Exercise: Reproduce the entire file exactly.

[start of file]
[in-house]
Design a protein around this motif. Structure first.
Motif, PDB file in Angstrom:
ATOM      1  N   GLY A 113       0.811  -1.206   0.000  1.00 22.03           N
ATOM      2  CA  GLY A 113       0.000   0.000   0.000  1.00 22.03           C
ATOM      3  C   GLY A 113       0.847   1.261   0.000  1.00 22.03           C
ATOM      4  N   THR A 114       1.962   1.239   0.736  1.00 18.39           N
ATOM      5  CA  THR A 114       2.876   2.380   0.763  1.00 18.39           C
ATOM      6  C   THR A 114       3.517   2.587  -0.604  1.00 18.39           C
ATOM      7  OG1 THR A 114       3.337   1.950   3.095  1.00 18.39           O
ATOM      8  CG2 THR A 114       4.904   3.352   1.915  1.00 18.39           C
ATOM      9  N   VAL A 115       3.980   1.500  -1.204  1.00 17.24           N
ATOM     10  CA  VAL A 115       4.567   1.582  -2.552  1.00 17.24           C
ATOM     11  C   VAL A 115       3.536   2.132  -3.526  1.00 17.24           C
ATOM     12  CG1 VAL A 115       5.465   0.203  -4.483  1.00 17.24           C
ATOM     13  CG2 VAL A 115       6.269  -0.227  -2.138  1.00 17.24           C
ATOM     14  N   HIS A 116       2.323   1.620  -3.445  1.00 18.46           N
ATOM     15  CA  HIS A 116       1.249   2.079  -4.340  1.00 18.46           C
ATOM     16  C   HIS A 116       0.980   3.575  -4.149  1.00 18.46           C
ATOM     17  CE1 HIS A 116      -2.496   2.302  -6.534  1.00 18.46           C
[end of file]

[in-house]
Design a protein around this motif. Structure first.
Motif, PDB file in Angstrom:
ATOM      1  N   GLY A 113       0.811  -1.206   0.000  1.00 22.03           N
ATOM      2  CA  GLY A 113       0.000   0.000   0.000  1.00 22.03           C
ATOM      3  C   GLY A 113       0.847   1.261   0.000  1.00 22.03           C
ATOM      4  N   THR A 114       1.962   1.239   0.736  1.00 18.39           N
ATOM      5  CA  THR A 114       2.876   2.380   0.763  1.00 18.39           C
ATOM      6  C   THR A 114       3.517   2.587  -0.604  1.00 18.39           C
ATOM      7  OG1 THR A 114       3.337   1.950   3.095  1.00 18.39           O
ATOM      8  CG2 THR A 114       4.904   3.352   1.915  1.00 18.39           C
ATOM      9  N   VAL A 115       3.980   1.500  -1.204  1.00 17.24           N
ATOM     10  CA  VAL A 115       4.567   1.582  -2.552  1.00 17.24           C
ATOM     11  C   VAL A 115       3.536   2.132  -3.526  1.00 17.24           C
ATOM     12  CG1 VAL A 115       5.465   0.203  -4.483  1.00 17.24           C
ATOM     13  CG2 VAL A 115       6.269  -0.227  -2.138  1.00 17.24           C
ATOM     14  N   HIS A 116       2.323   1.620  -3.445  1.00 18.46           N
ATOM     15  CA  HIS A 116       1.249   2.079  -4.340  1.00 18.46           C
ATOM     16  C   HIS A 116       0.980   3.575  -4.149  1.00 18.46           C
ATOM     17  CE1 HIS A 116      -2.496   2.302  -6.534  1.00 18.46           C